06:09 September 23, 2012 by Ian C. Purdie - Sydney
Eventually when this case is ultimately resolved and, it will be, a lot of countries [including my own], as well as a lot of commentators will be revealed as total hypocrites and/or brain dead.

The level of ignorance world-wide over published facts is absolutely astonishing, the level of government interference in national judicial systems is absolutely frightening.

How much is ostensibly impoverished Britain expending daily to keep Julian under constant surveillance? That should tell even casual readers a whole lot.
07:25 September 23, 2012 by Sven-Ingvar
USA h as been after Assange since he was 17 actually sending troops to 1989 Melbourne Australia to look for him.Doubt if most knew then what a computer was let alone internet

Australian TV will be flogging the "Assange" story shortly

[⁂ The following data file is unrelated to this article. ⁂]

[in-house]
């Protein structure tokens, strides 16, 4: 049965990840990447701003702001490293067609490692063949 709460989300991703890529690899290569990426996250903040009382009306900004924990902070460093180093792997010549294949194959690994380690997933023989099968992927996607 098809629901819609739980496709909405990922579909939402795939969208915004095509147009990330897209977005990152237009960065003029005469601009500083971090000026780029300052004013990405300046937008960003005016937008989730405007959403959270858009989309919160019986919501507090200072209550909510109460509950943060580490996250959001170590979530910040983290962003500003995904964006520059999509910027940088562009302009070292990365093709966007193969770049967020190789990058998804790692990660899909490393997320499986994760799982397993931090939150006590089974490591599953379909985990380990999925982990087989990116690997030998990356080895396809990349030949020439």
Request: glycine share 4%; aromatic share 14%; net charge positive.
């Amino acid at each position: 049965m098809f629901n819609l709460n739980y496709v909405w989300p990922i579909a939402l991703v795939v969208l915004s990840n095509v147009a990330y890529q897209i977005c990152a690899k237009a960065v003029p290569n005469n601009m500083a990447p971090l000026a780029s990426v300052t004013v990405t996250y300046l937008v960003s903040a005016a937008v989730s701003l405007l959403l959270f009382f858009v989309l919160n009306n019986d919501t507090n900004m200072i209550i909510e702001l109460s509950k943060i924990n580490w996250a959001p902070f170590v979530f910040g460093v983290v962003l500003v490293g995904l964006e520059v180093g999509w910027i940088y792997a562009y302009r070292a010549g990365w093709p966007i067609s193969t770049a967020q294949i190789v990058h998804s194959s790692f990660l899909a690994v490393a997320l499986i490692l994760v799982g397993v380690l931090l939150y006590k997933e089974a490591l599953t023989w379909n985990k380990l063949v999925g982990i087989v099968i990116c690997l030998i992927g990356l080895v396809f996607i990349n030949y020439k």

13:59 September 23, 2012 by Tiny Red Ant
Grand juries are criminal investigations as defined by the US Constitution under the authority of the US Department of Justice. Any apprehension request comes after the investigation is completed.

The Libyan Abdelbaset Ali Mohmed al-Megrahi was sentenced to life after a conviction of killing 270 people. He was allowed to return home to die on "compassionate grounds." Uthman Suleiman al-Megrahi is a Libyan minister who released 300 alleged political prisoners.

The convicted bomber Megrahi was released on 20 August 2009, long before 12 May 2010 when Hague assumed office.

There is an over obsession of one instance that occurred over 10 years ago. While ignoring that the governments of the US, British and Sweden has all changed since 2001.

The instance in question occurred shortly after September 11, 2001 as part of an investigation into the terrorist. Sweden like many countries over reacted in their desire to assist the US in bringing those responsible for the attacks to justice. However, that is no justification for the violation individuals rights.